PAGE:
With some 25 members ranging from local residents to Sublette County Commissioners, the Upper Green River Basin Air Quality Citizen Advisory Task Force held its first meeting at the Sublette County Library in Pinedale on Tuesday. The mission: assist the Wyoming Department of Environmental Quality (DEQ) with solving the ground level ozone issue in Sublette and surrounding counties.
Since 2005, the DEQ has been monitoring ground level ozone – a secondary pollutant formed by complex photochemical reactions between nitrogen oxides (NOx) and volatile organic compounds (VOC) in the presence of sunlight – and, once monitoring began, the department discovered elevated levels – ground level ozone is considered elevated when it reaches 75 parts per billion.
The concern over ground ozone peaked in December when the Environmental Protection Agency (EPA), based on a recommendation by former Gov. Dave Freudenthal, deemed all of Sublette County, and portions of Lincoln and Sweetwater Counties, a nonattainment area.
With ozone’s potential to negatively affect a person’s lungs and respiratory system, the DEQ and residents alike realized the issue needed to be solved, prompting the DEQ to put together the task force.
“The purpose we have is to consider and advise,” John Corra, director of the DEQ and task force leader, said. “[The task force] is not an appointed group to supervise the DEQ, it’s not an oversight committee and we’re not handing over the reins of the overall ozone solution. We’re saying there is a lot you all can do to help solve this issue.”
Appointed by the DEQ, members of the task force represented all parties concerned, including Commissioners Joel Bousman and Andy Nelson, Lincoln County Commissioner Kent Connelly, Shane DeForest of the Bureau of Land Management, representatives from oil and gas companies Exxon-Mobil, Encana and Ultra Resources and Pinedale residents.
The members of the task force far outweighed the number of community members who attended the meeting, but Corra repeatedly emphasized the importance of public involvement as they would be the ones most affected by the ideas, and hopefully solutions, of the task force.
Following the lengthy introduction, facilitators Elizabeth Spaulding and Steve Smutko, both from the University of Wyoming, introduced Darla Potter from the DEQ’s Air Quality Division (AQD), who gave a presentation on the history and current state of ozone in the area.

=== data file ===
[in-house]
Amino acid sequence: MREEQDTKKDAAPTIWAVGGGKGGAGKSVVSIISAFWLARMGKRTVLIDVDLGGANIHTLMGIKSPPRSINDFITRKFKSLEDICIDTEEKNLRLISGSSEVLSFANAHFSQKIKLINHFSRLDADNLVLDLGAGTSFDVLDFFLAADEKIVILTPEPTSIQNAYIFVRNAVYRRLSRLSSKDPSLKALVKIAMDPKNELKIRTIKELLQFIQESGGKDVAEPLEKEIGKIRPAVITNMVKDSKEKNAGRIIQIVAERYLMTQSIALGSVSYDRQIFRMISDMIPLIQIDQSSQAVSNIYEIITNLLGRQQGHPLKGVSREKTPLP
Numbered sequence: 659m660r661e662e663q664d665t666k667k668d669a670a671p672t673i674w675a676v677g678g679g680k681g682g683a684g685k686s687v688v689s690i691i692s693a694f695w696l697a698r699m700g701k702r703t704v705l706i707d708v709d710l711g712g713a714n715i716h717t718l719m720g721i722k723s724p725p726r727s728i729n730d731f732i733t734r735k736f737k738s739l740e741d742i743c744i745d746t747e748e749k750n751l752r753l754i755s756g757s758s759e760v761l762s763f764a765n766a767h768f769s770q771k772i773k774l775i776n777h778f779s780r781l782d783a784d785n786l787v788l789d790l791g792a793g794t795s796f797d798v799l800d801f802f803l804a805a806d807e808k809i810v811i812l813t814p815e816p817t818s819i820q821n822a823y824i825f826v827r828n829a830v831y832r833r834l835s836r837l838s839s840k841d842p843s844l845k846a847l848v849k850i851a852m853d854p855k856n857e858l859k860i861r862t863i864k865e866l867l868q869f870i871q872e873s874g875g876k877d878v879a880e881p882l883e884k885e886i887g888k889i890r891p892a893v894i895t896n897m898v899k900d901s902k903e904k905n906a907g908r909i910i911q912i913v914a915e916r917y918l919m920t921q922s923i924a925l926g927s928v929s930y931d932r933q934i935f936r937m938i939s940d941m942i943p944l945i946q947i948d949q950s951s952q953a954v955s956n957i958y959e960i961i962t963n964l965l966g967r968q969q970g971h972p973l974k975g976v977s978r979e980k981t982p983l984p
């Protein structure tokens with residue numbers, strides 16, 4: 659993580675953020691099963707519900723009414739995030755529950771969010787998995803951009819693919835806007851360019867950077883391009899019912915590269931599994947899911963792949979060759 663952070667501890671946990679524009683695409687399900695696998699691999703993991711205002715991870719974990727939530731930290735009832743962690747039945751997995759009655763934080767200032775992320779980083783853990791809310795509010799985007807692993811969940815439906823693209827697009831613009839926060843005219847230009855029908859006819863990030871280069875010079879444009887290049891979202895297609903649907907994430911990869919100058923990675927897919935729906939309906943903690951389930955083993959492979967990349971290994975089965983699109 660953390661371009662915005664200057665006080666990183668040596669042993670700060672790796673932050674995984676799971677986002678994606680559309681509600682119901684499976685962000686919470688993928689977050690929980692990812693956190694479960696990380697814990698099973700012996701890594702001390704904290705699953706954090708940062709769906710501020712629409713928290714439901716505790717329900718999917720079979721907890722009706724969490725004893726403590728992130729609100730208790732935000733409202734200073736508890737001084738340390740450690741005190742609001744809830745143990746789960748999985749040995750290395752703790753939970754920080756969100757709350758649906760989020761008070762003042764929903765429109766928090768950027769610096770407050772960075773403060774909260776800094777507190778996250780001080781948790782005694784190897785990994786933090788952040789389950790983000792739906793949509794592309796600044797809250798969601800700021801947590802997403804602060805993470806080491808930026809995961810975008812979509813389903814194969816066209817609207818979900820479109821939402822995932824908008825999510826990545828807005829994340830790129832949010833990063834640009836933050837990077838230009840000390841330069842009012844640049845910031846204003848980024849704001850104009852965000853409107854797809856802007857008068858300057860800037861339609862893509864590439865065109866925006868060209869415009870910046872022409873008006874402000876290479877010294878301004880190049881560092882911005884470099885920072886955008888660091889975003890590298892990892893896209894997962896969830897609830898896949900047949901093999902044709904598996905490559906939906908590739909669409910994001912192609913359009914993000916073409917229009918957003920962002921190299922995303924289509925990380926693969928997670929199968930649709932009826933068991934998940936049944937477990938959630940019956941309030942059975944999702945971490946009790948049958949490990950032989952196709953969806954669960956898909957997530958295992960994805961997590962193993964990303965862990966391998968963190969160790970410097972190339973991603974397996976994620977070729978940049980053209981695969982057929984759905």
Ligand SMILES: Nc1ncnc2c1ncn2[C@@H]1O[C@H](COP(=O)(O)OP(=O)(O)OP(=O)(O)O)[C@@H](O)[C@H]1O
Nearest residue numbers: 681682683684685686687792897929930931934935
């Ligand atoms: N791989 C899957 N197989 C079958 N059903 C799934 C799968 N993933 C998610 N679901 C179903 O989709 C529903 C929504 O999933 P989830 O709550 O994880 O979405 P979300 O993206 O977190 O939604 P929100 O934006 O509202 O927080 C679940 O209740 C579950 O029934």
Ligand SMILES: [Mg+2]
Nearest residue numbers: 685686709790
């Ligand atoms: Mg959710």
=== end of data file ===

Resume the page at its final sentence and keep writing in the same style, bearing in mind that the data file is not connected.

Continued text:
Potter’s presentation was broken down into four parts: what we know about ground level ozone, what the DEQ has been doing, winter 2012 and what the future holds.
Historically, Potter explained, scientists believed ozone could not be formed during the winter months, but that idea was trumped when the DEQ-AQD discovered ground level ozone occurred between January and March in this region.
Meteorological conditions need to be just right for ozone to occur, Potter explained, and some years the area saw zero days of elevated levels.
“Local meteorological conditions are the single most important factor contributing to the formation of zone,” she said.
Monitoring and analyzing those conditions is something the DEQ-AQD has been doing to further understand ground level ozone in the Upper Green River Basin, and during the winter of 2010 the DEQ-AQD installed about 20 air-monitoring stations “to reduce and bank precursor emissions,” Potter said.
To better inform the public, the DEQ-AQD initiated contingency plans and public service announcements for “Ozone Action Days,” days when ozone is deemed elevated. Potter concluded her presentation by explaining the obstacles and opportunities to getting back into attainment.
Obstacles included weather, the EPA’s focus on urban instead of rural areas and the slow pace of development because ozone data needs to be evaluated over a three-year period. One of the biggest opportunities the area has for overcoming the ozone problem is the fact Utah is currently experiencing a similar wintertime ozone problem and drawing more attention to the issue.
The information was a lot to take in, and some task force members felt overwhelmed by an already daunting problem. One member said he was unsure what the task force, which lacked in scientists, could really accomplish.
“We’re not asking you to be scientists,” Corra emphasized.
Smutko also encouraged the group, telling the task force members not to underestimate what they were capable of doing.
“It doesn’t hurt to aim high,” he added.
With time running out, Spaulding and the task force began analyzing and dissecting the charter. Members voiced their opinions and changed words like “authority” to “scope,” and decided what is was they actually wanted to accomplish. Informing the public, advising the DEQ and making a commitment as members were top points.
Corra announced the task force would meet three more times and, provided progress is being made, would schedule more. Meetings will most likely be three hours long and scheduled around 5 p.m. on a weekday so working members could attend.
“This is something the governor of the state of Wyoming wants us to do,” Corra said. “You have my commitment that we will take this seriously and will seriously consider what comes out of these meetings.”
Meeting schedules, minutes and other information will available to the public via the DEQ’s website at www. deq.state.wy.us. For the complete article see the 02-24-2012 issue.
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